Today, Tim Atkin released his annual Bordeaux 2016 report. This year, Atkin has included a classification of what he believes are the top 100 chateaux of Bordeaux.
Unlike the official Bordeaux Classification of 1855 and the more recent Liv-ex Classification 2015, which are both based purely on price, Atkin has attempted to classify the wines of Bordeaux on quality. The 100 chateaux are arranged into five categories of 20.
He says that the classification is “intended to be controversial and to provoke some discussion about which are currently the best producers in Bordeaux. It also shouldn’t be taken as gospel.”
Those that have achieved a place in the top category are shown in the table below. Liv-ex has matched these with the average Market Prices of each.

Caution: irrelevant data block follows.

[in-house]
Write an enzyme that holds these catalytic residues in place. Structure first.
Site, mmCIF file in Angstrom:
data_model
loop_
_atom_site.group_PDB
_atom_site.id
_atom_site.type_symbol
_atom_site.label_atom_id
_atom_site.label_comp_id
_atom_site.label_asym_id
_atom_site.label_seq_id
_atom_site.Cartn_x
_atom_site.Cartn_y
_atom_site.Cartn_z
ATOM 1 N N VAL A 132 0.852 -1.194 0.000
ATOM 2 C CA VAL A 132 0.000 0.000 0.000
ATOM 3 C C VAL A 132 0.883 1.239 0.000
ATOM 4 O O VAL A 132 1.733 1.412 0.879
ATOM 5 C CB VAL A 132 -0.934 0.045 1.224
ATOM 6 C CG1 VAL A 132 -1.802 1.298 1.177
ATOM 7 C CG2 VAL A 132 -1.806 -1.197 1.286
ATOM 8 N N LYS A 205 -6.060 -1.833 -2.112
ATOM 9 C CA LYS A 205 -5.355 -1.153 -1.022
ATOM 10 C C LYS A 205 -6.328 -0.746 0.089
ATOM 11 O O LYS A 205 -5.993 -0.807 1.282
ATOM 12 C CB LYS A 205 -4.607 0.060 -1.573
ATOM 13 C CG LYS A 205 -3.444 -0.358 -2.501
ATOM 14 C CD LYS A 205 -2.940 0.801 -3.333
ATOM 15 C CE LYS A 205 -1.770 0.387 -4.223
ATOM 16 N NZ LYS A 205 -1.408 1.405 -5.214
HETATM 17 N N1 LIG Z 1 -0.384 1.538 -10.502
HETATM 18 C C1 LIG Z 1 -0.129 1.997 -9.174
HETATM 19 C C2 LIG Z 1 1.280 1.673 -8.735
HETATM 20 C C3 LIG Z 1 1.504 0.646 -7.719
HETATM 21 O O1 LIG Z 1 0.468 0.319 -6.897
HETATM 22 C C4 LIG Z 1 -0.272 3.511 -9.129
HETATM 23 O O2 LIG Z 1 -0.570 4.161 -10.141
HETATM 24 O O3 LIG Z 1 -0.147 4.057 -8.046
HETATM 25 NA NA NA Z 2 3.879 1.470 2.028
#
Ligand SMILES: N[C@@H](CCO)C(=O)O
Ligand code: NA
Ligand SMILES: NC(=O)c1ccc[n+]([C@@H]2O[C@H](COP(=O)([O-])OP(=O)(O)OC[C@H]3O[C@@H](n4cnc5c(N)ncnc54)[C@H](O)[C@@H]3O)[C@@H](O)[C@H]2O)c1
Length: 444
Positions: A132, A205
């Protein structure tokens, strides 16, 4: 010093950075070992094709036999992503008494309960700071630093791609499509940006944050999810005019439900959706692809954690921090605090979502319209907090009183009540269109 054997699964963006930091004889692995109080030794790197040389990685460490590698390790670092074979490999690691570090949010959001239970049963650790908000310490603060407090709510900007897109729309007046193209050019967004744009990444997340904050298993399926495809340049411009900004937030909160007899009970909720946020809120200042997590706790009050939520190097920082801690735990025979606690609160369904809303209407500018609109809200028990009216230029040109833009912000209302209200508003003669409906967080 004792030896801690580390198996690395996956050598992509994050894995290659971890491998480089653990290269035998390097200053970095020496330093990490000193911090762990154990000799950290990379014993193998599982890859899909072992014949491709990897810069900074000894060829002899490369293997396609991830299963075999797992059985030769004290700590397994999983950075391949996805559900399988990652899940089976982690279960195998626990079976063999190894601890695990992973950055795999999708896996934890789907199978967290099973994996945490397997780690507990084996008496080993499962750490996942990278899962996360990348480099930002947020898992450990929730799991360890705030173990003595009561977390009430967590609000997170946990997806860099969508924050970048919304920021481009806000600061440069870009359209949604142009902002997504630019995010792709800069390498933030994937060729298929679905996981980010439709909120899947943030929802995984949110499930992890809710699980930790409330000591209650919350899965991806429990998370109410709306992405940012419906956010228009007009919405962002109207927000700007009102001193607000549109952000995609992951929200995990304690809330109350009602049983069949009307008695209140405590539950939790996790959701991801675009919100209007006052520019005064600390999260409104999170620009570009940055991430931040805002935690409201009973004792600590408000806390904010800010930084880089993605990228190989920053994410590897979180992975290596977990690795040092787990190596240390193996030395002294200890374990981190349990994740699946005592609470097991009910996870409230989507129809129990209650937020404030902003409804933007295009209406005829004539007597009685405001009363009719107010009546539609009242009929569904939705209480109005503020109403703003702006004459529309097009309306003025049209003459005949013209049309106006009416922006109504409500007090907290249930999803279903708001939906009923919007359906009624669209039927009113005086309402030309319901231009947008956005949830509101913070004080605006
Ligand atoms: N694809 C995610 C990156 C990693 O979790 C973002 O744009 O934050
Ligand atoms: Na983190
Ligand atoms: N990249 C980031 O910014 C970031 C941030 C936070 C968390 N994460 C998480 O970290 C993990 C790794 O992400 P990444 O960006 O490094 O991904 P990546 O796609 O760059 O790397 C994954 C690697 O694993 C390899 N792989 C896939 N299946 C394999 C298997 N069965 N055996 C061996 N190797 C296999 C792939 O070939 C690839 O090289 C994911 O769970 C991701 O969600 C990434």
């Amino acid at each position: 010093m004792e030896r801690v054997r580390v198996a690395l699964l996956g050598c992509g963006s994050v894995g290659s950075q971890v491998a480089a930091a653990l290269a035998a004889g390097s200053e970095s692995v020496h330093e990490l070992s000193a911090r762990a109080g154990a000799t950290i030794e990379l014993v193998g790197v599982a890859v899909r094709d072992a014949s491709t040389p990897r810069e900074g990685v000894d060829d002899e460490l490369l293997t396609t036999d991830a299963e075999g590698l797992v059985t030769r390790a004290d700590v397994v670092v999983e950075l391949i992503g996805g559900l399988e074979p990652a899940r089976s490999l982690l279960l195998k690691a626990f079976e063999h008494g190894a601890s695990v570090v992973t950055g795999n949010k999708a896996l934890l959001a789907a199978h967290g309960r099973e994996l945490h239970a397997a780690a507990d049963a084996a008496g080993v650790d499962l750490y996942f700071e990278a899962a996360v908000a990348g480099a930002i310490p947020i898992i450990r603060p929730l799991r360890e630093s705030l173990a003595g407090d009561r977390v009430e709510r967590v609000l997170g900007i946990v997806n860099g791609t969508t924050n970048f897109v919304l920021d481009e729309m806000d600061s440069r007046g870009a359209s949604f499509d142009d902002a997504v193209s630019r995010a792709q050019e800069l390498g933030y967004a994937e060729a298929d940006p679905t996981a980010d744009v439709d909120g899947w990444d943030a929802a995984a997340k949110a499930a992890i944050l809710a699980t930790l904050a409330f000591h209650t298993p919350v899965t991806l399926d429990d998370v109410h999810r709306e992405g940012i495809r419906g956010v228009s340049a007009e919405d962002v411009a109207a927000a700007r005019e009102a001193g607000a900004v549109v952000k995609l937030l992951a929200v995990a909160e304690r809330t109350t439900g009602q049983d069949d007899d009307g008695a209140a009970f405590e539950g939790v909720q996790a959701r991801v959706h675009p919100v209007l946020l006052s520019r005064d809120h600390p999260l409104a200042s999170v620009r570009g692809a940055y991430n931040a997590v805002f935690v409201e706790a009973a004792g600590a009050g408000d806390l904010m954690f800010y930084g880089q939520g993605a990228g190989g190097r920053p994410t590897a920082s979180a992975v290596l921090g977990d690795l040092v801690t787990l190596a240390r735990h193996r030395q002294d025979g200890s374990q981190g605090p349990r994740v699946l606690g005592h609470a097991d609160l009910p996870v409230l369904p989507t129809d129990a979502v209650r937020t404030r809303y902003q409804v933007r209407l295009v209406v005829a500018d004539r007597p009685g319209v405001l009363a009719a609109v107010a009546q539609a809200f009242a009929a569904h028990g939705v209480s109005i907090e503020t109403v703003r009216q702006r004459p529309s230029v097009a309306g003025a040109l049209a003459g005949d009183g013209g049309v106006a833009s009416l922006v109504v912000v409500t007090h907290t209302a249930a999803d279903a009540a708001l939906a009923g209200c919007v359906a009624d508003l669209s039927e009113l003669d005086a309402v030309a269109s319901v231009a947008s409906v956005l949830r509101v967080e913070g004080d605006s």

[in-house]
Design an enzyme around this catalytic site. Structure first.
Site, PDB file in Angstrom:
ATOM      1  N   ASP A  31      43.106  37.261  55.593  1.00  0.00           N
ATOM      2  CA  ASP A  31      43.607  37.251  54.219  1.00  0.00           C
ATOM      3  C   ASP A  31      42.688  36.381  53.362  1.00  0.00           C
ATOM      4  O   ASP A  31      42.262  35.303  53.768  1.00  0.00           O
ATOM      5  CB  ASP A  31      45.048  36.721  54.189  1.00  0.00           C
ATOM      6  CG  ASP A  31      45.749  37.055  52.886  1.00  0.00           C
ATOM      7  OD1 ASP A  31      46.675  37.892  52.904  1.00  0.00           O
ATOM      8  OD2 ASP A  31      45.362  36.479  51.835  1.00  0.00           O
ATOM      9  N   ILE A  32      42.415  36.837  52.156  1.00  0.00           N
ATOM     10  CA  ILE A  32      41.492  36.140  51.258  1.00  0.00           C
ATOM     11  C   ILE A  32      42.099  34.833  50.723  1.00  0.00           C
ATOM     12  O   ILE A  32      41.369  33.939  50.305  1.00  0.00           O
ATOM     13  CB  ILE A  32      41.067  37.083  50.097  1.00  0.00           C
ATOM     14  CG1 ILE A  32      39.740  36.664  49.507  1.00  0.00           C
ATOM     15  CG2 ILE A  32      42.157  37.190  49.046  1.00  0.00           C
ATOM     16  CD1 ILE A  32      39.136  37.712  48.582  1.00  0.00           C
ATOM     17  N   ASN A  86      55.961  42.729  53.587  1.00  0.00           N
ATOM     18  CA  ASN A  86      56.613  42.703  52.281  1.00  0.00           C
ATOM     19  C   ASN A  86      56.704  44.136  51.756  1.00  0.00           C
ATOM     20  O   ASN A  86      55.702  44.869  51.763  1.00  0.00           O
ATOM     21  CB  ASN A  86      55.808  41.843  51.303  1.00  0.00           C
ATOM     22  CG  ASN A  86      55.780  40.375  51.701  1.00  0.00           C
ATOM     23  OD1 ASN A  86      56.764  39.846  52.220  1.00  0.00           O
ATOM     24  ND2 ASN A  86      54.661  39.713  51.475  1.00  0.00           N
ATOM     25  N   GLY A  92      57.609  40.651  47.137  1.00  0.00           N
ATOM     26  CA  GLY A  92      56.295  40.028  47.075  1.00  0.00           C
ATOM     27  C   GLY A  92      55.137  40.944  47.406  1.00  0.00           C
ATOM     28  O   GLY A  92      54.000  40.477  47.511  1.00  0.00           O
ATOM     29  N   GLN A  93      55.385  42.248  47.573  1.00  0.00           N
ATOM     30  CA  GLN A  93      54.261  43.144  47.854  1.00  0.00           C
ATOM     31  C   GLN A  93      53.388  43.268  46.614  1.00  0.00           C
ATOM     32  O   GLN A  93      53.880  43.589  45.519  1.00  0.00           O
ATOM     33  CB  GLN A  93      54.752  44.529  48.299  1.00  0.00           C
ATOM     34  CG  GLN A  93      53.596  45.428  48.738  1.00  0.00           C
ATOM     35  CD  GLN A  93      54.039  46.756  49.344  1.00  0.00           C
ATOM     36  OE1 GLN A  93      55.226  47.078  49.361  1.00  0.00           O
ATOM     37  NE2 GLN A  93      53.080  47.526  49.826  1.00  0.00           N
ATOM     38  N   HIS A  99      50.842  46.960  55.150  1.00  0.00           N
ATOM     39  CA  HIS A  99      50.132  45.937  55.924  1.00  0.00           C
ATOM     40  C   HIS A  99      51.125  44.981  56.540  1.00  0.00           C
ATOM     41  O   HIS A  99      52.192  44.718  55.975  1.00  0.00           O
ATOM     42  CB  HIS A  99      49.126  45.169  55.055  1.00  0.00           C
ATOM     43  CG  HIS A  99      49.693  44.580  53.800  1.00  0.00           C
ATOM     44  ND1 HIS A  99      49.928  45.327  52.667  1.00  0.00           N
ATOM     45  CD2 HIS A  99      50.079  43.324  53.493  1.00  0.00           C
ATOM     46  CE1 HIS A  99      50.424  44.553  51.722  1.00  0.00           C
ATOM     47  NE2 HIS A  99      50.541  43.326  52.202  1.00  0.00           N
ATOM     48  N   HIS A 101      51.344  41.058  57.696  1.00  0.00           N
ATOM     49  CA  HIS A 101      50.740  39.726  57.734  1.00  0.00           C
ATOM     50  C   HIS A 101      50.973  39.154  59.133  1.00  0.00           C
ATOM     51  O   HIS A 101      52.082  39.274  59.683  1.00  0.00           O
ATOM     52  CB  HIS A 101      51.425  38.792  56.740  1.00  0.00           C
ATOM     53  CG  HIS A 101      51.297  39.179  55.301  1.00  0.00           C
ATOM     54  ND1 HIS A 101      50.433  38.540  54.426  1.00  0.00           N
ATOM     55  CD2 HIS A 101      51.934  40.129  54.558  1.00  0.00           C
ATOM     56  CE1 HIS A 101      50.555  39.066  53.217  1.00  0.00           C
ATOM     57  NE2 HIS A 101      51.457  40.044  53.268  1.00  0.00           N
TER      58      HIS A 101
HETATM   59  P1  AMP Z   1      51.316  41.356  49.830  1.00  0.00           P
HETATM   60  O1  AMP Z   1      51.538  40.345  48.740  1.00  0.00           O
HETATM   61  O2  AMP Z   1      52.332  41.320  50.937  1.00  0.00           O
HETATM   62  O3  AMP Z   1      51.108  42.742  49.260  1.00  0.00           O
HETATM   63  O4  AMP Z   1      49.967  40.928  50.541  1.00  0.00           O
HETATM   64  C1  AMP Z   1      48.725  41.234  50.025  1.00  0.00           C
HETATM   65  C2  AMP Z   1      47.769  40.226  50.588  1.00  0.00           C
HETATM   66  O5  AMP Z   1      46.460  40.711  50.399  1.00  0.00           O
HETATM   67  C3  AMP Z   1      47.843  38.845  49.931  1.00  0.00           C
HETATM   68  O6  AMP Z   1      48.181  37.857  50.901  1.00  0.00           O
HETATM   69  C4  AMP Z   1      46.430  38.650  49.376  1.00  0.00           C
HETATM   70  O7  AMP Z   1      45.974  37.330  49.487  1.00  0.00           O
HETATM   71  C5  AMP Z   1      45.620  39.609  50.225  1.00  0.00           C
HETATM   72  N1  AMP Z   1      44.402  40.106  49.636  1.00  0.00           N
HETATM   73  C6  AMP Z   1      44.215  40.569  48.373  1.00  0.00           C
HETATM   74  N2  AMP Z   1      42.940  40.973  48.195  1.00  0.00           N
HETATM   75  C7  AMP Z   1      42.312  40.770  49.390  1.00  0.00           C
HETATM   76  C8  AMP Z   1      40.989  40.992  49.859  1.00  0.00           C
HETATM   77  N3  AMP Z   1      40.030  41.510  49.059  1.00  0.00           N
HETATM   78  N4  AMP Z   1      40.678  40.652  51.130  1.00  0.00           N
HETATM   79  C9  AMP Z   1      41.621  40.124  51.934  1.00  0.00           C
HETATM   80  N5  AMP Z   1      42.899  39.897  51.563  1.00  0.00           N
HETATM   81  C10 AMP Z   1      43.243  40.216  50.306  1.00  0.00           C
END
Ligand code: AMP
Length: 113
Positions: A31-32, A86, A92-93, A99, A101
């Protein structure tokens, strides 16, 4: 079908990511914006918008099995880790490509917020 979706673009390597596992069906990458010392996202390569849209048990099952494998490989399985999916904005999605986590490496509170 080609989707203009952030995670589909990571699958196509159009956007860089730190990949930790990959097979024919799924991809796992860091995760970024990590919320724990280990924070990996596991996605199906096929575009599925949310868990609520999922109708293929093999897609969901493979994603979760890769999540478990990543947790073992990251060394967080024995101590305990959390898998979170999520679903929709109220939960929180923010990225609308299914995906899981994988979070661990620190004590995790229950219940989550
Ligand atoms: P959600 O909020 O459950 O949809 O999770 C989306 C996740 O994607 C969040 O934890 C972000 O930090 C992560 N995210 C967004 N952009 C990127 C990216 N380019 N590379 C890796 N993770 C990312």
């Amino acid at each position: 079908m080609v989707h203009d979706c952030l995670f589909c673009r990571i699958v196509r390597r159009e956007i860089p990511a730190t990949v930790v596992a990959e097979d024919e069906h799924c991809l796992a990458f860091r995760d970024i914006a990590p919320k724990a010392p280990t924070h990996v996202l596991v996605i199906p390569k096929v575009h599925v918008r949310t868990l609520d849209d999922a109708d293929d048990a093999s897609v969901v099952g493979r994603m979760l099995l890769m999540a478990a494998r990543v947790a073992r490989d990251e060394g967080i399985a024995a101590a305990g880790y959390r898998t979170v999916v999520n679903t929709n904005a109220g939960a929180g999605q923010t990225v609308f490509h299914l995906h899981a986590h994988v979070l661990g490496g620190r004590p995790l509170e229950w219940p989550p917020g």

Observations on the full classification:
- All five of the Bordeaux First Growths have earned a place in the first category.
- Three of the four St. Emilion Premier Grand Cru Classe A properties feature in Atkin’s top category. The fourth, Pavie, is out on its own in category three.
- Gloria features among wines in the second tier, ranking it alongside the likes of Cos d’Estournel and Lynch Bages. Its average market price of £300 is less than half of the next cheapest in its group, Leoville Barton, which fetches an average of £620.
- Chanel-owned Canon and Rauzan Segla both achieve spots in the second category. With average prices of £681 and £624 respectively, they are among the lowest-priced in this tier.
- The most expensive wines in each category are:
- 1st: Le Pin (£23,505)
- 2nd: Eglise Clinet (£1,802)
- 3rd: Pavie (£2,467)
- 4th: Violette (£3,178)
- 5th: Valandraud (£1,407)
- Montlandrie is the cheapest wine featured in the classification. Wines from this Cotes de Castillon petit chateau command an average of just £140 per 12×75. The estate was purchased by Denis Durantou of L’Eglise Clinet in 2009 and has received widespread critical acclaim since.
To download Atkin’s full report, visit his website here.